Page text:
The Development of Control of Language in Mathematical Activity

  • W. Brookes


My chief preoccupation is with the difficulties experienced in the teaching and learning of mathematics. Many of these difficulties seem to grow out of the presumption that truth is embodied in the exactness both of statements made in mathematics and in the consequences arising from such statements. We are accustomed to the use of forms recognisable as mathematical and to the beliefs which relate our responses to the appearance of such forms. For example, though we are surprised by ‘He saw 2 women walking towards him’, preferring ‘two’, we see immediately the significance of 5 + 2 = 7, or 3 × 2 = 6. It is the conviction with which we meet those forms in mathematics with which we are familiar that allows us potential access to rich analytically complex systems. I wish to emphasise that the truths of mathematics and hence also the difficulties of understanding, lie in the convictions or beliefs and not in the forms themselves. In the example given above I asserted that you would be ‘surprised’ to see the form ‘2’ in a sentence but ‘see immediately’ the significance of that same form ‘2’ in the expression ‘5+2=7’. But my explicit assertion about the form ‘2’ is implicitly concerned with assumptions I am making about your beliefs in connection with the usage of the form ‘2’ together with the two higher forms ‘sentence’ and ‘expression’. My assertion is hence not simple about the form ‘2’ although that is how it was expressed.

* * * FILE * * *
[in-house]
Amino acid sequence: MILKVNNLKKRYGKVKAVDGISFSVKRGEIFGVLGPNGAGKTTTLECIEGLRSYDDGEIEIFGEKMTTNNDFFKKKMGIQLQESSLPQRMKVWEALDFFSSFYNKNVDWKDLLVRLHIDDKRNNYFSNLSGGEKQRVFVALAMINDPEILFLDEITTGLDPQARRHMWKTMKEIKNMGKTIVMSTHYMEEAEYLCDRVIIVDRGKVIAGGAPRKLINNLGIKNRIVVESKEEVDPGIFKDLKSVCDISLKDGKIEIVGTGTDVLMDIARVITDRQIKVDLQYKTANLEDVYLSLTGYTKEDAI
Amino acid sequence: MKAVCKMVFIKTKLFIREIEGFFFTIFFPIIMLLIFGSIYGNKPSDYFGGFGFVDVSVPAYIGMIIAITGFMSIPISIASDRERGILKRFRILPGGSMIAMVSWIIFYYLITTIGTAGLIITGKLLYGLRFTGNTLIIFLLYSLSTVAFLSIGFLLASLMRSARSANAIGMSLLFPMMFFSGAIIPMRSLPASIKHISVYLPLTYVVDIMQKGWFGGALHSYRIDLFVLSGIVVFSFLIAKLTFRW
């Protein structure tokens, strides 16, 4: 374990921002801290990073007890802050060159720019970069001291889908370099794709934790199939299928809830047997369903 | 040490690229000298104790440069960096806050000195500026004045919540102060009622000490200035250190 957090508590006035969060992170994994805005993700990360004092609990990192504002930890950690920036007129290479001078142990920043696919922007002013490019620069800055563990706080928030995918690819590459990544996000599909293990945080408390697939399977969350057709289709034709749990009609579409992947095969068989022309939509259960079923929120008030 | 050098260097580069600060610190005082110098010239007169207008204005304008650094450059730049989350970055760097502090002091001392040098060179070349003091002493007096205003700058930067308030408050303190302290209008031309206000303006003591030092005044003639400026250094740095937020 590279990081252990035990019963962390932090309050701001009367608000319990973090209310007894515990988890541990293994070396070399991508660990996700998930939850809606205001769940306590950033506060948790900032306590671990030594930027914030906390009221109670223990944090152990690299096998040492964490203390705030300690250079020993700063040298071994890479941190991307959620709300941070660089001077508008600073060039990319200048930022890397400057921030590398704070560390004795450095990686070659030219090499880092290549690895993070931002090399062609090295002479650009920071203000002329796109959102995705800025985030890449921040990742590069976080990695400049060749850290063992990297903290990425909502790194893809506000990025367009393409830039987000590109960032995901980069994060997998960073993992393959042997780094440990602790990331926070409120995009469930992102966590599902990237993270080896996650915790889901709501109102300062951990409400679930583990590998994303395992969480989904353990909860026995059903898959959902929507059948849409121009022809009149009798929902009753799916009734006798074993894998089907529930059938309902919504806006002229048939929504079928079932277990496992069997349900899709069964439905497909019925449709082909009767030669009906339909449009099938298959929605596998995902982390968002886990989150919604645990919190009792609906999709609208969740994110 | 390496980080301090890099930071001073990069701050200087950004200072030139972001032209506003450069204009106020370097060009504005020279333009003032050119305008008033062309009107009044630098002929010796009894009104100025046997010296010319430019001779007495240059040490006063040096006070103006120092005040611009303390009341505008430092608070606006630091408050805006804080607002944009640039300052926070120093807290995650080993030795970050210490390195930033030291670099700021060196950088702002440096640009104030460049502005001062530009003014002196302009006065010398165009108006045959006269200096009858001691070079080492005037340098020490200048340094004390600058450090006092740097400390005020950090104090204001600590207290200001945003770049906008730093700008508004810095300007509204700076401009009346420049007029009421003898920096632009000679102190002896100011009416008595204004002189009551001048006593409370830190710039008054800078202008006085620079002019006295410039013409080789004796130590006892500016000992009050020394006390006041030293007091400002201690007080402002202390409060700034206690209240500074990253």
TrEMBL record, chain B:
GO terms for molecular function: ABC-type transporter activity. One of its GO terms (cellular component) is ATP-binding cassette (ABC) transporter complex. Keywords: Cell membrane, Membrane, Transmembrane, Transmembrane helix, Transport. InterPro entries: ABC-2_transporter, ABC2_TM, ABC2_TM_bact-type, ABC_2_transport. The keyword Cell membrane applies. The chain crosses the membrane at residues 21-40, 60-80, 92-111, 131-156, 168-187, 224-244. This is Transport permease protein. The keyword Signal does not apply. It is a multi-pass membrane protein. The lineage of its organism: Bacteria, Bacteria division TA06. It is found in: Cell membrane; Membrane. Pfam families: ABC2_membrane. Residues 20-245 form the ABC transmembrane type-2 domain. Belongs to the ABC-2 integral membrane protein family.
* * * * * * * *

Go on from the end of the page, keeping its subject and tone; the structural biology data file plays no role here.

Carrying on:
Mathematical Form Mathematical Activity Mathematical Skill Secondary Control Belief Structure 
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  1. Spencer Brown, 1969, Laws of Form, Allen & Unwin, London.Google Scholar
  2. Brookes, W.M., 1955, Unpublished M.A. Thesis, Univ. of London.Google Scholar
  3. Association of Teachers of Mathematics, 1980, Mathematics and Language.Google Scholar

Copyright information

© Plenum Press, New York 1982

Authors and Affiliations

  • W. Brookes
    • 1
  1. 1.Southampton UniversitySouthamptonUK

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